We need more than a task force for ‘British jobs’: we need to rewire our approach to employment and skills

Blog posts

22 May 2024

Tony Wilson

Tony Wilson, Institute Director

I’ve written before that the first step in recovery is recognising that you have a problem. So to give credit where it is due, yesterday’s announcement of a new task force to help address skills and labour shortages is a welcome recognition that we need to do more. On the latest data, there are 900,000 unfilled jobs and more than one third of these are hard to fill because of skills shortages. As we have said for some time now, our failure to address this problem is holding back economic growth and leading to more people spending longer out of work.

I’m also pleased that yesterday marked a change in tone, away from blaming the unemployed for being out of work (‘sicknote culture’, ‘lifestyle choice’ etc) and instead focusing on the positive things that we can do to improve services to help people who want jobs and to help employers who have jobs that want people.

The government is also focusing on the right sorts of solutions. We set this out a couple of months back, where my colleague Dan Mason and I reviewed the evidence around what works in supporting ‘good work’ through employment services (this is as part of a wider project being led by the University of Brighton and funded by the Economic and Social Research Council to explore how public policy can ‘activate’ employers). We found in particular that there was good evidence for two broad types of interventions:

  • ‘Career pathways’ models that are focused on sectors with good prospects and can provide a combination of training developed with industries and responsive to their needs alongside tailored support to enter and progress in work – like the WorkAdvance model in the United States; and
  • Specialist adviser-led support that goes beyond traditional job preparation and matching to provide elements of careers coaching, skills development, help with costs of work, and support in the workplace (mainly from UK ‘in work progression’ programmes).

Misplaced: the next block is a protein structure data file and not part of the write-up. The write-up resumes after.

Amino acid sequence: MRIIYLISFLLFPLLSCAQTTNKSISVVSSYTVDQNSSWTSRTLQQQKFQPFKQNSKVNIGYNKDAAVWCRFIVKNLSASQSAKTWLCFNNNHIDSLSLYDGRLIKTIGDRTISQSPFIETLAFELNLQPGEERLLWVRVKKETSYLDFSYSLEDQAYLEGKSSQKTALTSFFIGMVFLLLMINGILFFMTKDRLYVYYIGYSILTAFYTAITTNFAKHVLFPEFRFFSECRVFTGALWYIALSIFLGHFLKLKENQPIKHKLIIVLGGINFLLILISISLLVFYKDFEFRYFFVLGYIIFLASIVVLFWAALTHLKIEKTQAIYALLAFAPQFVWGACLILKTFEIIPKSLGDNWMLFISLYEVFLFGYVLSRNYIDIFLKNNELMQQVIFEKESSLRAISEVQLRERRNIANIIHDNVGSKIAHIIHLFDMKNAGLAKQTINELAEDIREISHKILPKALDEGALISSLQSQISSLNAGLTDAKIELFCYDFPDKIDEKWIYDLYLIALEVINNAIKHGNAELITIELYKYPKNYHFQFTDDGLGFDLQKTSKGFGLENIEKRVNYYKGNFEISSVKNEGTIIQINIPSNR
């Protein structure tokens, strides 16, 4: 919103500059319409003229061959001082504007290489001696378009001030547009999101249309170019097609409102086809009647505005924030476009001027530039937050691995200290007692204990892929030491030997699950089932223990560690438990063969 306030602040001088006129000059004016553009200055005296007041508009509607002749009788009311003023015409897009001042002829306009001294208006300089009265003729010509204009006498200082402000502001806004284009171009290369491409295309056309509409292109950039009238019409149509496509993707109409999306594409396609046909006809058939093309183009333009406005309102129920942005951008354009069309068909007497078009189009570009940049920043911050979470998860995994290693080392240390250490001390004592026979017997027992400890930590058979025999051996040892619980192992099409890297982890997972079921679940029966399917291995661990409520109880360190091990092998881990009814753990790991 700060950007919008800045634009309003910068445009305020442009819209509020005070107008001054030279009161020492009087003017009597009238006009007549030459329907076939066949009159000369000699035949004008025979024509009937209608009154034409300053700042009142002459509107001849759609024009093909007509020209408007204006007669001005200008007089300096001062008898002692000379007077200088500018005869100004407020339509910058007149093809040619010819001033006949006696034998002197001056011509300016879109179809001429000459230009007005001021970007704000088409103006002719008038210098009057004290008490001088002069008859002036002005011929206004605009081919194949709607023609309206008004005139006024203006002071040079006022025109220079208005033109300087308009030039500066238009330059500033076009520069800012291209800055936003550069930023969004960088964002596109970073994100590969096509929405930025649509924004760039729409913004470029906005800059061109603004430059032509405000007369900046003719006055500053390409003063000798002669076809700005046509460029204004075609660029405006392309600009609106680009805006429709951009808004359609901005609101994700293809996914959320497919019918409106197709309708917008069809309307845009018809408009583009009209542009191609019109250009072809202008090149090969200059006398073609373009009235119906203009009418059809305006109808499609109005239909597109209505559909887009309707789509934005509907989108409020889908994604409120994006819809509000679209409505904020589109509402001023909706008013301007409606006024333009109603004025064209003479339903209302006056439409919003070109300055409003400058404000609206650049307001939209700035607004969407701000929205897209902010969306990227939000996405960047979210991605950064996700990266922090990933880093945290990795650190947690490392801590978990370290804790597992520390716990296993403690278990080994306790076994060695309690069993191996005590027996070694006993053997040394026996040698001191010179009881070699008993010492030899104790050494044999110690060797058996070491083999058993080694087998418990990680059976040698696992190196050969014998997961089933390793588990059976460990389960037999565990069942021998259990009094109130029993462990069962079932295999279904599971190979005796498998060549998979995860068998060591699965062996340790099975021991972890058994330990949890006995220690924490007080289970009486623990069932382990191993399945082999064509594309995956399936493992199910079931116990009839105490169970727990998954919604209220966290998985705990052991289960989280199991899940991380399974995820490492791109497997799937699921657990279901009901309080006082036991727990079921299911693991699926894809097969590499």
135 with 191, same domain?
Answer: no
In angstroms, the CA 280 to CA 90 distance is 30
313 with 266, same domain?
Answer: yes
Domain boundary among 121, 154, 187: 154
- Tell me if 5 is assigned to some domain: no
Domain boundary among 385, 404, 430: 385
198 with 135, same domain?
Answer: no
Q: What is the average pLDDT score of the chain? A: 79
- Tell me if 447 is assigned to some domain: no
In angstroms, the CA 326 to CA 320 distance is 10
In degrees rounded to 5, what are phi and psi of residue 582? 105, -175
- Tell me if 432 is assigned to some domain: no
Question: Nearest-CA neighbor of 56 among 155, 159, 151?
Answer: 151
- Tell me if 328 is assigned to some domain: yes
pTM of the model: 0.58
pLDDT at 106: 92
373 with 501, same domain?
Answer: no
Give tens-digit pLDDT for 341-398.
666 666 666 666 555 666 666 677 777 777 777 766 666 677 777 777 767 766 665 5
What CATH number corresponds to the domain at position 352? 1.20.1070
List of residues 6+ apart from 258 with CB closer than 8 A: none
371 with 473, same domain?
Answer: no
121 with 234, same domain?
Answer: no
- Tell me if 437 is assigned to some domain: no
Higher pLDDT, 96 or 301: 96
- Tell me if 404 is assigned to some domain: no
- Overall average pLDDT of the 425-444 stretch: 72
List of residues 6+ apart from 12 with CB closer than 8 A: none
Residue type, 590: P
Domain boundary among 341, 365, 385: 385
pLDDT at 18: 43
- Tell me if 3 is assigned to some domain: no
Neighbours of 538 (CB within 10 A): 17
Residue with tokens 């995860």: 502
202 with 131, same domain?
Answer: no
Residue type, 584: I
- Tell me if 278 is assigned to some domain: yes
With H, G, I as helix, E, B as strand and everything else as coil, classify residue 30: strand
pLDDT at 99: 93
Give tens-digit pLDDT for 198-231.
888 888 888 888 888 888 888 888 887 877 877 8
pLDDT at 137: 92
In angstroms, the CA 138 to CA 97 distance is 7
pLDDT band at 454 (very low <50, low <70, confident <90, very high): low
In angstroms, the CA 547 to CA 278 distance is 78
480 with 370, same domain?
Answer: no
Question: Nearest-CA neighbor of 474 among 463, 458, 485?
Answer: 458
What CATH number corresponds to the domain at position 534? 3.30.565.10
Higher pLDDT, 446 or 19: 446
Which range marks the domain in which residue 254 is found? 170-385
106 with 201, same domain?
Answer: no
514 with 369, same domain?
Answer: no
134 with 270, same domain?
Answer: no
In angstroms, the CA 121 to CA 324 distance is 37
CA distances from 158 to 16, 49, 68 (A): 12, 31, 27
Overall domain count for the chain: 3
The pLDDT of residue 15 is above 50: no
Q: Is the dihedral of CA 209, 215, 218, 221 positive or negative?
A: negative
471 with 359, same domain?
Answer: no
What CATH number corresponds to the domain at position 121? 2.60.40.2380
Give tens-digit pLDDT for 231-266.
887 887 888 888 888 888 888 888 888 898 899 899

By my reading, yesterday’s announcement recognises that we need to do more of the former in particular – linking up extended training (longer than a ‘sector-based work academy’ but short of an apprenticeship) with specialist support for people who are out of work.

However while that’s welcome on one level, it’s hard not to feel frustrated too: because over the last decade we have run down investment in adult skills and access to employment support to the point where we have the least well-used employment service in Europe; because we have spent the last few years telling the unemployed that they need to just take ‘any job’ not the right job; because we’ve set up ‘skills bootcamps’ in a way that doesn’t design-in these sorts of partnerships with employment services and links to occupational standards (my colleague Joy Williams writes about this here, from work we are doing with the Gatsby Foundation); because we have had these issues in the labour market for years and are acting only now; and of course because Parliament will be dissolved in the next six months – so the likelihood of actually being able to do anything about any of these issues in the near future is slim. We need to make progress, but it will be hard starting from here.

So what would a better approach look like? These are issues that we are exploring in our Commission on the Future of Employment Support, in partnership with abrdn Financial Fairness Trust, and have set out that the starting point should be a reformed approach to employment services that is based on more open access to support, shared ambition rather than suspicion of those out of work, much more coherent engagement and support for employers, and meaningful partnership and alignment across services.

Importantly, in addressing skills needs and supporting good work, it means learning from and using the evidence of what has worked in other countries and in pilots and trials in the UK in the past. Our paper in March set out in particular six lessons for future policy – but which boil down to ditching the ‘any job’ mindset and focusing on how we link up better with employers and local services, integrate more effectively with skills, and focus on supporting people – both those out of work and those in poverty in work – to access good jobs with prospects.

So while it’s hard starting from here, we should be optimistic too that with the right changes – the political will, effective partnerships, good evidence and the right implementation – we can make a difference, which would in turn support stronger growth and more people in better work.

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Any views expressed are those of the author and not necessarily those of the Institute as a whole.